Nearly 500 participants are tuning up their engines and getting in some last-minute workout time in preparation for Dakar 2014, which begins Sunday in Rosario, central Argentina.
The annual, 34-year-old rally, inspired by the landscape of North Africa only to be chased off the African continent by radical Islamists in 2008, will see hundreds of motorcycles, quad bikes, cars and heavy trucks race over some of the roughest desert and mountain terrain of Chile and Argentina.
The 14-day race will pit teams of racers and riders from across the globe against one another in a grueling slog that will see participants drop out along the way as vehicles and drivers are put under conditions that would turn a luxury SUV into junkyard metal in a matter of days.
The race offers automakers an opportunity to showcase the potential of many of their mainstream models. Japan’s Mitsubishi Motors, for example, has gotten a lot of traction from past Dakar rally wins for its Pajero/Montero SUV, which has won 11 of the 34 Dakar events that have taken place since 1979. Peugeot, Citroen and Volkswagen have also brought home numerous Dakar victories, and in the past two rallies the Mini Countryman has won for BMW. The Volkswagen’s Touareg came in first from 2009 to 2011.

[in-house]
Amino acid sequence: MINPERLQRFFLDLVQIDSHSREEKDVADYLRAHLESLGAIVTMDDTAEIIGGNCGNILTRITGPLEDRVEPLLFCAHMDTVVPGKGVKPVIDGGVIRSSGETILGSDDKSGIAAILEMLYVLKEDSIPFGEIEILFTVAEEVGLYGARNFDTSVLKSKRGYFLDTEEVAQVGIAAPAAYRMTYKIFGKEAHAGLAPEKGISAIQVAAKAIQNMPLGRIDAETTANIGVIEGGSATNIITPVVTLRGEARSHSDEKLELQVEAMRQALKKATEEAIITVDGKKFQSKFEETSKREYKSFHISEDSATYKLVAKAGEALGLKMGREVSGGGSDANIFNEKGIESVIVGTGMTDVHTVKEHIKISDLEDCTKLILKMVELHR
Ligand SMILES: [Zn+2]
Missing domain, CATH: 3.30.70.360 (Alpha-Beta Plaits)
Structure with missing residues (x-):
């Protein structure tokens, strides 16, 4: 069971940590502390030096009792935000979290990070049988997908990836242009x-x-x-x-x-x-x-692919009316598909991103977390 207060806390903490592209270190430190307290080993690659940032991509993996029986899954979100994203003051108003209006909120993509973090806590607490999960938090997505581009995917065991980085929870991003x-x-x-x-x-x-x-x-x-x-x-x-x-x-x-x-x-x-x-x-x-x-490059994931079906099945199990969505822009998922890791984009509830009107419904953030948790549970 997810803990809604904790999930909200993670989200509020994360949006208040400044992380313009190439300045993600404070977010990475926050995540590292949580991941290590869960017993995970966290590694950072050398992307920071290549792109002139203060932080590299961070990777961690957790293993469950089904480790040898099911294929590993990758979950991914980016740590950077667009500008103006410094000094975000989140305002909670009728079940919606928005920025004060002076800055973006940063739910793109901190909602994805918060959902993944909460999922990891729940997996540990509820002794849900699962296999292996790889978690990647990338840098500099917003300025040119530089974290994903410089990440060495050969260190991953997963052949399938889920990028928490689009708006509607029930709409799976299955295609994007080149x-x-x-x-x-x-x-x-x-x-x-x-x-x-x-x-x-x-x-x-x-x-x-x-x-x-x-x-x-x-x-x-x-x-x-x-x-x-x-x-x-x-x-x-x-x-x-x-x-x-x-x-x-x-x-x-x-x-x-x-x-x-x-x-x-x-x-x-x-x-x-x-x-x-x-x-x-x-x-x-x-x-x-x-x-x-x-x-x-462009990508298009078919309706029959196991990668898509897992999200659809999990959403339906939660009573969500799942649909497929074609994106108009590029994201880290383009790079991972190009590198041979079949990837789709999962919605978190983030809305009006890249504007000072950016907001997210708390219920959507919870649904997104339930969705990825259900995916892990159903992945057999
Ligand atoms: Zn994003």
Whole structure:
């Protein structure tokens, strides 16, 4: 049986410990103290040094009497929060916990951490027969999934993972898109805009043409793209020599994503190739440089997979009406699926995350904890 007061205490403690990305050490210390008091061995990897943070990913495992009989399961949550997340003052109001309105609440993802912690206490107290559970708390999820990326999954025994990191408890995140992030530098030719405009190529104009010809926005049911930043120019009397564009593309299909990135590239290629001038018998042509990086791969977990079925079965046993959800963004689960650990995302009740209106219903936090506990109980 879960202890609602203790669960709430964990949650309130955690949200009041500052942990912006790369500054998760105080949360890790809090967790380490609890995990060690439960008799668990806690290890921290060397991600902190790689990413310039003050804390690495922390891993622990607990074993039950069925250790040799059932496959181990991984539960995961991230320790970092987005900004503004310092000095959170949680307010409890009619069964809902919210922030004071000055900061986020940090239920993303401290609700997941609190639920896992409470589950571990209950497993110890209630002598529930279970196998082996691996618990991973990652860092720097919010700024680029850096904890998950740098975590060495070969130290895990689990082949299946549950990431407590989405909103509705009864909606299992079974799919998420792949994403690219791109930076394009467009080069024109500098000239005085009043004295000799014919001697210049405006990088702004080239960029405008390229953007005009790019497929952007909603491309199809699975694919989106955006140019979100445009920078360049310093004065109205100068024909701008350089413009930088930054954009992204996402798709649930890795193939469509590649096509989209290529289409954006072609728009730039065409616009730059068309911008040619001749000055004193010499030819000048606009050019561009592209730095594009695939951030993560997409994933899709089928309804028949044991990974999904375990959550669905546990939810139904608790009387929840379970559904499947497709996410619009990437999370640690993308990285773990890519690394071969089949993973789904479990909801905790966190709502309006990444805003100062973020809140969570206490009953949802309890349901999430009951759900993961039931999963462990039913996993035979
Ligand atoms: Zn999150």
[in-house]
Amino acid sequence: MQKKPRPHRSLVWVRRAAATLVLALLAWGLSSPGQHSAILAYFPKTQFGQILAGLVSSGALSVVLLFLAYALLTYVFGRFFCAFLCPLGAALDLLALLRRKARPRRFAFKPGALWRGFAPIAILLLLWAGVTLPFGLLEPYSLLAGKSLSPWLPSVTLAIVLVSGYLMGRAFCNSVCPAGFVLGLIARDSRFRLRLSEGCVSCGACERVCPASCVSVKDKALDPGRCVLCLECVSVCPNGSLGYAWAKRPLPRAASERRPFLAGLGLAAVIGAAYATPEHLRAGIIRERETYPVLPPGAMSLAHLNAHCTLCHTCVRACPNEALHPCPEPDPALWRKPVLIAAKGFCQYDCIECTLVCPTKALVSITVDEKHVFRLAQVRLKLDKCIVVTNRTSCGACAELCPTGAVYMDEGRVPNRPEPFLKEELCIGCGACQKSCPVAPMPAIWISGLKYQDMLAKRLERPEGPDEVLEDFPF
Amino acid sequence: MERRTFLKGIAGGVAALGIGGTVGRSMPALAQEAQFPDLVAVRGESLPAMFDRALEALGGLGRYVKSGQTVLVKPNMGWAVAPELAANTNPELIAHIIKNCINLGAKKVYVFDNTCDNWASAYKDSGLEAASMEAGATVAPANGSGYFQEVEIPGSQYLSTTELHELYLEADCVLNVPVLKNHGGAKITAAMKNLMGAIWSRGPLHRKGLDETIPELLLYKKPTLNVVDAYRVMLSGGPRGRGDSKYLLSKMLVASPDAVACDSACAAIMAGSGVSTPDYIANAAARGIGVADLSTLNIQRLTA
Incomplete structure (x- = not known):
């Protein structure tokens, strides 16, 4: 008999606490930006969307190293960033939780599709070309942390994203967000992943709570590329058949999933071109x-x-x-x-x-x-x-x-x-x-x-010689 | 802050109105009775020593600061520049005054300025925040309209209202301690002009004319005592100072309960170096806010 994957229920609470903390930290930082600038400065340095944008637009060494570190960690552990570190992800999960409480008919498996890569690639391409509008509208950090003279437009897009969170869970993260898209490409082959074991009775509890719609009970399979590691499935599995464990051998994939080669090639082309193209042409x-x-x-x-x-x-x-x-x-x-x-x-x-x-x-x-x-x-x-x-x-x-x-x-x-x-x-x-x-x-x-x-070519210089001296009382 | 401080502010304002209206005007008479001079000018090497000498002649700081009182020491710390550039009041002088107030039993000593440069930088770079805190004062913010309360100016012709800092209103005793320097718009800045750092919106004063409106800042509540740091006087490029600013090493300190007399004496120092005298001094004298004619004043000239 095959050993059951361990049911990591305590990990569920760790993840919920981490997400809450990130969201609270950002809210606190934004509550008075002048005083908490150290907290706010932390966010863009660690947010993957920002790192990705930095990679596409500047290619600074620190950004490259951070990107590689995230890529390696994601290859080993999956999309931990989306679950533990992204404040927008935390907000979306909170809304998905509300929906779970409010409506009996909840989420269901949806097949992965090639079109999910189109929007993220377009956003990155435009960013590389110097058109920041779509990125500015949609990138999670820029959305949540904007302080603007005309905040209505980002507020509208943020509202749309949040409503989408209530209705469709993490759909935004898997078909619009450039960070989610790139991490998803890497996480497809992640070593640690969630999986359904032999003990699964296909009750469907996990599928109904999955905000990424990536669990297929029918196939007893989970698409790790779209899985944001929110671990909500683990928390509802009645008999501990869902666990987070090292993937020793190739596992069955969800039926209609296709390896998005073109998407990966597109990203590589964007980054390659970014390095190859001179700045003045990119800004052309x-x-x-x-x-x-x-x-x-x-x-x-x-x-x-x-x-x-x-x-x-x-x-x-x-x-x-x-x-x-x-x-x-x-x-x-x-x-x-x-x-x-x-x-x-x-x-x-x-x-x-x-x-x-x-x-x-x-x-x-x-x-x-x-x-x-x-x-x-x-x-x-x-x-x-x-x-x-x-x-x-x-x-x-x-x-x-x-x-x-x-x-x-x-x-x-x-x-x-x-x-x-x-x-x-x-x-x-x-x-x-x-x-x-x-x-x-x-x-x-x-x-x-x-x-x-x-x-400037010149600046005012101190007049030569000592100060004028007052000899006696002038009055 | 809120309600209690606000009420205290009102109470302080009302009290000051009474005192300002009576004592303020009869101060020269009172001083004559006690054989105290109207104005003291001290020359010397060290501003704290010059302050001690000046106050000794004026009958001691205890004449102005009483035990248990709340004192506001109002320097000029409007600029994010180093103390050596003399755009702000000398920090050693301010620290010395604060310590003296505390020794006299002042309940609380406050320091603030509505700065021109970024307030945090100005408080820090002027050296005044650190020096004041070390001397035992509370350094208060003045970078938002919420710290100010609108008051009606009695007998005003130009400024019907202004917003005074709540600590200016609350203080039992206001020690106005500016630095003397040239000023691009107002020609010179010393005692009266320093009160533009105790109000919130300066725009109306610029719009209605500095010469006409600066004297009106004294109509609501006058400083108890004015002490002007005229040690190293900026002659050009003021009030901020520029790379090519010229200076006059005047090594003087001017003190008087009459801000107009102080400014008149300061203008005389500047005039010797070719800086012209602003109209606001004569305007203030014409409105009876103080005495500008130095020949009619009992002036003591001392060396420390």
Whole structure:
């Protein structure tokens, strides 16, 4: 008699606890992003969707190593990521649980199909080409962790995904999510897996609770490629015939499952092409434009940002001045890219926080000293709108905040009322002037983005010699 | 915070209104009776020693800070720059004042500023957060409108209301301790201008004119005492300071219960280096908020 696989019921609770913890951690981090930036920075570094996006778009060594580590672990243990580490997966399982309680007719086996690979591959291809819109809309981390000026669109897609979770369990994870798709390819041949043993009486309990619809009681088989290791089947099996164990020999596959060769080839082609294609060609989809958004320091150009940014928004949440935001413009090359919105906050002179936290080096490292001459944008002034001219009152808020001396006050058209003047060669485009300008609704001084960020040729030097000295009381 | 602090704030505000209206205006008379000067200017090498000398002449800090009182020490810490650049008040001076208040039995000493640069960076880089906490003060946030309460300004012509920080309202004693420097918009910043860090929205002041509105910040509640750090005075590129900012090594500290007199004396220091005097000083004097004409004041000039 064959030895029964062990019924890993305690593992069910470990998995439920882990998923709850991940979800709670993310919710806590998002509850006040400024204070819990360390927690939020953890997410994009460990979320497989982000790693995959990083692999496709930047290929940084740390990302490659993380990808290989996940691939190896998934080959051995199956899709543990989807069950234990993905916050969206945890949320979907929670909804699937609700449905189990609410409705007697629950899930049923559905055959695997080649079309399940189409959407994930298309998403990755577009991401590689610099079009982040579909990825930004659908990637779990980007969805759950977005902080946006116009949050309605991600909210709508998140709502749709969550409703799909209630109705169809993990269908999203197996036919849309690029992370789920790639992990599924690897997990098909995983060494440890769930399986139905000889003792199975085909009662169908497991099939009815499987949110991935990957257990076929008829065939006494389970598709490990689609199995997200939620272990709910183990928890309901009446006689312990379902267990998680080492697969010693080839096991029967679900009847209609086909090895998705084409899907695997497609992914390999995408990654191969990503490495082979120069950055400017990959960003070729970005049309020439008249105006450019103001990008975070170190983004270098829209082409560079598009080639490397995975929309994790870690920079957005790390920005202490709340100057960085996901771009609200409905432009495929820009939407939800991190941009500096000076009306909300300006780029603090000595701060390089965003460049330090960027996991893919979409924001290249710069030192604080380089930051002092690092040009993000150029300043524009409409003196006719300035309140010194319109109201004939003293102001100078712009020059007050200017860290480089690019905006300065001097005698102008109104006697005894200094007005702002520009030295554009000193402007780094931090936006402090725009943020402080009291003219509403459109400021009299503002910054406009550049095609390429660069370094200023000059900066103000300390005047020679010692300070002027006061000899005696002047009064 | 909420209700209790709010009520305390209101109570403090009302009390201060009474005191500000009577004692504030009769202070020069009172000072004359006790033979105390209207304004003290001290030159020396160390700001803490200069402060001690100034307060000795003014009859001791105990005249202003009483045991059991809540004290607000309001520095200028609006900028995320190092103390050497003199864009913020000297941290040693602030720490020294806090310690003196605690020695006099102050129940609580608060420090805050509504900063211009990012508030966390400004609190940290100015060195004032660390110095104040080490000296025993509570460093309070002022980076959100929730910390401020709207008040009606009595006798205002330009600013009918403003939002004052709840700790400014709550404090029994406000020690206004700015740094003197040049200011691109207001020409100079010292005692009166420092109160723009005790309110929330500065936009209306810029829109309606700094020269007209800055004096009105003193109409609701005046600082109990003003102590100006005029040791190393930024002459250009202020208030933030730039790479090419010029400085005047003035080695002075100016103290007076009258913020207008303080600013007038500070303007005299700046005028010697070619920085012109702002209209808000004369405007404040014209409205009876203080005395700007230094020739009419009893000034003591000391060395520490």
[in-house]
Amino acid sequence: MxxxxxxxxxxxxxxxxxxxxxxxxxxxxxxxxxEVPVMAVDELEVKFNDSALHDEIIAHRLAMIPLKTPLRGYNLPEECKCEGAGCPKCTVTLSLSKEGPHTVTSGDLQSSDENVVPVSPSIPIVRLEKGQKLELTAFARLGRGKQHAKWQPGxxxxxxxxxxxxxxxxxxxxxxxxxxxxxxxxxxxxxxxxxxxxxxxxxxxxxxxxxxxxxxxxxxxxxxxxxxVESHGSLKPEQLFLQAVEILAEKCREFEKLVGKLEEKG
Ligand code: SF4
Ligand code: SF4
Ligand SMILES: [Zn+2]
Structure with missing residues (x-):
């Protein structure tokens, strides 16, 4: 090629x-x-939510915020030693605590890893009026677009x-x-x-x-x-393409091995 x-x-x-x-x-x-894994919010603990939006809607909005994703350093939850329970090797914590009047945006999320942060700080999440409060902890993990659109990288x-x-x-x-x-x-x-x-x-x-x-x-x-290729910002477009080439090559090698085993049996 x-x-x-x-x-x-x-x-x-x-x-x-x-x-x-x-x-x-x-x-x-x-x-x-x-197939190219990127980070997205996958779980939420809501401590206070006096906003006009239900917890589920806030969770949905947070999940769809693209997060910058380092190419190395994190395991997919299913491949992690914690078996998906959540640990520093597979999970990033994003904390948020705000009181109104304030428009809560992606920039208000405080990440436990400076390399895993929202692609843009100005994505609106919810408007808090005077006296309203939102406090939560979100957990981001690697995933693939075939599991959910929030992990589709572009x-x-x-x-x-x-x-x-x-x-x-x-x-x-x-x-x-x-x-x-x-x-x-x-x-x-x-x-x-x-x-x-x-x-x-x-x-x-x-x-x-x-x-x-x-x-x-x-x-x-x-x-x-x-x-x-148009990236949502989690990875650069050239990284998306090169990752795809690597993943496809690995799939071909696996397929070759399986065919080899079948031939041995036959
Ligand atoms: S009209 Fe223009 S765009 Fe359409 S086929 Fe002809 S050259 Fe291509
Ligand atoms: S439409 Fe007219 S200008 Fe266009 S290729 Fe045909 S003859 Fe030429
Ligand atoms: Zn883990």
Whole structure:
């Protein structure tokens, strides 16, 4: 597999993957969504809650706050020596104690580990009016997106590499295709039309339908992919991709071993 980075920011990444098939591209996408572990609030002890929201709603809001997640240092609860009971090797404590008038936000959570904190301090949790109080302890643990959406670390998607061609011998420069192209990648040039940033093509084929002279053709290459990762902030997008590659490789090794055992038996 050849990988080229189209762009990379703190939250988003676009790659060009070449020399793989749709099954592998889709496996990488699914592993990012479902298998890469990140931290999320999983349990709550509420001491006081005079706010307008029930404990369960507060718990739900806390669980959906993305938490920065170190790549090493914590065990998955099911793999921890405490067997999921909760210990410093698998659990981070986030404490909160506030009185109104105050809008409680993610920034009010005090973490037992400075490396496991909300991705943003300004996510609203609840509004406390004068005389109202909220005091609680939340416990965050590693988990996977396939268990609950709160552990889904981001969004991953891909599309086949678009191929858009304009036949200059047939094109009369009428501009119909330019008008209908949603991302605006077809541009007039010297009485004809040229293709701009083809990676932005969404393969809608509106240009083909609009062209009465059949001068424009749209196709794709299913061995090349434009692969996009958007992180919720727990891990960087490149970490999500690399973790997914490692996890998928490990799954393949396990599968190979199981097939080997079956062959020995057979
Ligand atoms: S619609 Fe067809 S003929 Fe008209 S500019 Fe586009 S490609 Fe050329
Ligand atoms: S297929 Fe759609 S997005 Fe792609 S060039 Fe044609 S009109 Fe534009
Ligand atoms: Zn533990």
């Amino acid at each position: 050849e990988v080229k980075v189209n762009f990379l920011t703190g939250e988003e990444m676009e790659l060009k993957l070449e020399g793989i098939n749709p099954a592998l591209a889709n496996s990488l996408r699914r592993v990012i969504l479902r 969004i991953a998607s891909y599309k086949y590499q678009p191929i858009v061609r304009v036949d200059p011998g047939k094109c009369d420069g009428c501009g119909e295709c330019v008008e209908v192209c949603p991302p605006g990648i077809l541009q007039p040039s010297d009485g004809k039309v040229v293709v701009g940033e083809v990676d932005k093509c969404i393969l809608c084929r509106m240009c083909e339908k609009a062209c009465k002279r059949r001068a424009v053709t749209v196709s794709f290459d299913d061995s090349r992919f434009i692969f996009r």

For the past decade, KTM, the Austrian motorcycle, bicycle and moped manufacturer, has dominated the Dakar motorbike rally. Before KTM’s Dakar reign, Toyota and Honda dominated.
As for the people behind the wheels and handlebars: The man to beat in the car category this year is France’s Stephane Peterhansel. He has won the last two Dakar races (in the Mini Countryman) and has won the race 11 times, including six times on Yamaha motorcycles. The bikers will have to beat Frenchman Cyril Despres. He’s won five Dakars, including three of the last four events. Both of these men have won the past rallies, including last year’s in similar terrain. Despres, however, has switched teams, from KTM to Yamaha, so if he wins again, KTM loses.
Many Dakar fans in the U.S. will be rooting for their home-team underdog Robby Gordon, better known to Americans as a skilled NASCAR road course driver but who has also earned his nickname “Baja Bob” for his five SCORE International wins racing on Mexico’s Baja Peninsula. He’ll be showing up again in his Hummer, which flipped over last year, costing him his chances. Here's footage of Gordon and his Hummer fom 2013's Dakar Rally